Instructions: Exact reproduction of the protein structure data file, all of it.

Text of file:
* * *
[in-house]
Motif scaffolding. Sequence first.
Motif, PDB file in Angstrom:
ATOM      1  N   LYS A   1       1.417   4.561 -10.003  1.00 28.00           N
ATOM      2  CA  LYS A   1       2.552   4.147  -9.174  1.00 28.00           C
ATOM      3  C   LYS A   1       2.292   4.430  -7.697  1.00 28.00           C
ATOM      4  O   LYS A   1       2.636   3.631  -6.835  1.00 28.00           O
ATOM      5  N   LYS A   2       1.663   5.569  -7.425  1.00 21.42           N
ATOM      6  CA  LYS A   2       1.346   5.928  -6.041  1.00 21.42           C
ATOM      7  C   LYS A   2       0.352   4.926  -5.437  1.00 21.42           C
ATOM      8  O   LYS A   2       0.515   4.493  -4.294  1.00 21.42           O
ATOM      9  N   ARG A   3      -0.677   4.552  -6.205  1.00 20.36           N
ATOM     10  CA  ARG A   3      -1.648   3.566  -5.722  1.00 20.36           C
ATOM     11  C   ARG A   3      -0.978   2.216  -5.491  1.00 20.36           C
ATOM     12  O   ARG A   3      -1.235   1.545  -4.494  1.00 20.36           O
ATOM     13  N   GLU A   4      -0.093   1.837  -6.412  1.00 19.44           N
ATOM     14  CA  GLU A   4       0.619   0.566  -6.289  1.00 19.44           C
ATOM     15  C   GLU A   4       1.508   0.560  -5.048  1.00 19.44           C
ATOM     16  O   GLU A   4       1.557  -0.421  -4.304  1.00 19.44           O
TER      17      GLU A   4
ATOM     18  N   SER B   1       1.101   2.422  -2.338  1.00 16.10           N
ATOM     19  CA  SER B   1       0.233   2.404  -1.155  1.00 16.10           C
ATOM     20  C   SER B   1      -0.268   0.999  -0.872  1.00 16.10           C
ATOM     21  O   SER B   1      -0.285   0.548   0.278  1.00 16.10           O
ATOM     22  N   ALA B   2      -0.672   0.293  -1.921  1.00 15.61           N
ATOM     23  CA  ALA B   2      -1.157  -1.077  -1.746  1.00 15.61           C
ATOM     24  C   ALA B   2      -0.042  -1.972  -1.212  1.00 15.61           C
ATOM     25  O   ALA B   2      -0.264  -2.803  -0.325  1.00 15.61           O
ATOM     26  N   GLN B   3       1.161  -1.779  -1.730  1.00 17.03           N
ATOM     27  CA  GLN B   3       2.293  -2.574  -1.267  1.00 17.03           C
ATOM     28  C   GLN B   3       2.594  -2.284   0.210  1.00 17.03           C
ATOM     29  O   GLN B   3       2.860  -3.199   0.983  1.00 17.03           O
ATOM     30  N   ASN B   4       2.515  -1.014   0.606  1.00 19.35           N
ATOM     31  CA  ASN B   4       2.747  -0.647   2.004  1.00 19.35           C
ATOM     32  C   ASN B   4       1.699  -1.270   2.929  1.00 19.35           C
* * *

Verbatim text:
[in-house]
Motif scaffolding. Sequence first.
Motif, PDB file in Angstrom:
ATOM      1  N   LYS A   1       1.417   4.561 -10.003  1.00 28.00           N
ATOM      2  CA  LYS A   1       2.552   4.147  -9.174  1.00 28.00           C
ATOM      3  C   LYS A   1       2.292   4.430  -7.697  1.00 28.00           C
ATOM      4  O   LYS A   1       2.636   3.631  -6.835  1.00 28.00           O
ATOM      5  N   LYS A   2       1.663   5.569  -7.425  1.00 21.42           N
ATOM      6  CA  LYS A   2       1.346   5.928  -6.041  1.00 21.42           C
ATOM      7  C   LYS A   2       0.352   4.926  -5.437  1.00 21.42           C
ATOM      8  O   LYS A   2       0.515   4.493  -4.294  1.00 21.42           O
ATOM      9  N   ARG A   3      -0.677   4.552  -6.205  1.00 20.36           N
ATOM     10  CA  ARG A   3      -1.648   3.566  -5.722  1.00 20.36           C
ATOM     11  C   ARG A   3      -0.978   2.216  -5.491  1.00 20.36           C
ATOM     12  O   ARG A   3      -1.235   1.545  -4.494  1.00 20.36           O
ATOM     13  N   GLU A   4      -0.093   1.837  -6.412  1.00 19.44           N
ATOM     14  CA  GLU A   4       0.619   0.566  -6.289  1.00 19.44           C
ATOM     15  C   GLU A   4       1.508   0.560  -5.048  1.00 19.44           C
ATOM     16  O   GLU A   4       1.557  -0.421  -4.304  1.00 19.44           O
TER      17      GLU A   4
ATOM     18  N   SER B   1       1.101   2.422  -2.338  1.00 16.10           N
ATOM     19  CA  SER B   1       0.233   2.404  -1.155  1.00 16.10           C
ATOM     20  C   SER B   1      -0.268   0.999  -0.872  1.00 16.10           C
ATOM     21  O   SER B   1      -0.285   0.548   0.278  1.00 16.10           O
ATOM     22  N   ALA B   2      -0.672   0.293  -1.921  1.00 15.61           N
ATOM     23  CA  ALA B   2      -1.157  -1.077  -1.746  1.00 15.61           C
ATOM     24  C   ALA B   2      -0.042  -1.972  -1.212  1.00 15.61           C
ATOM     25  O   ALA B   2      -0.264  -2.803  -0.325  1.00 15.61           O
ATOM     26  N   GLN B   3       1.161  -1.779  -1.730  1.00 17.03           N
ATOM     27  CA  GLN B   3       2.293  -2.574  -1.267  1.00 17.03           C
ATOM     28  C   GLN B   3       2.594  -2.284   0.210  1.00 17.03           C
ATOM     29  O   GLN B   3       2.860  -3.199   0.983  1.00 17.03           O
ATOM     30  N   ASN B   4       2.515  -1.014   0.606  1.00 19.35           N
ATOM     31  CA  ASN B   4       2.747  -0.647   2.004  1.00 19.35           C
ATOM     32  C   ASN B   4       1.699  -1.270   2.929  1.00 19.35           C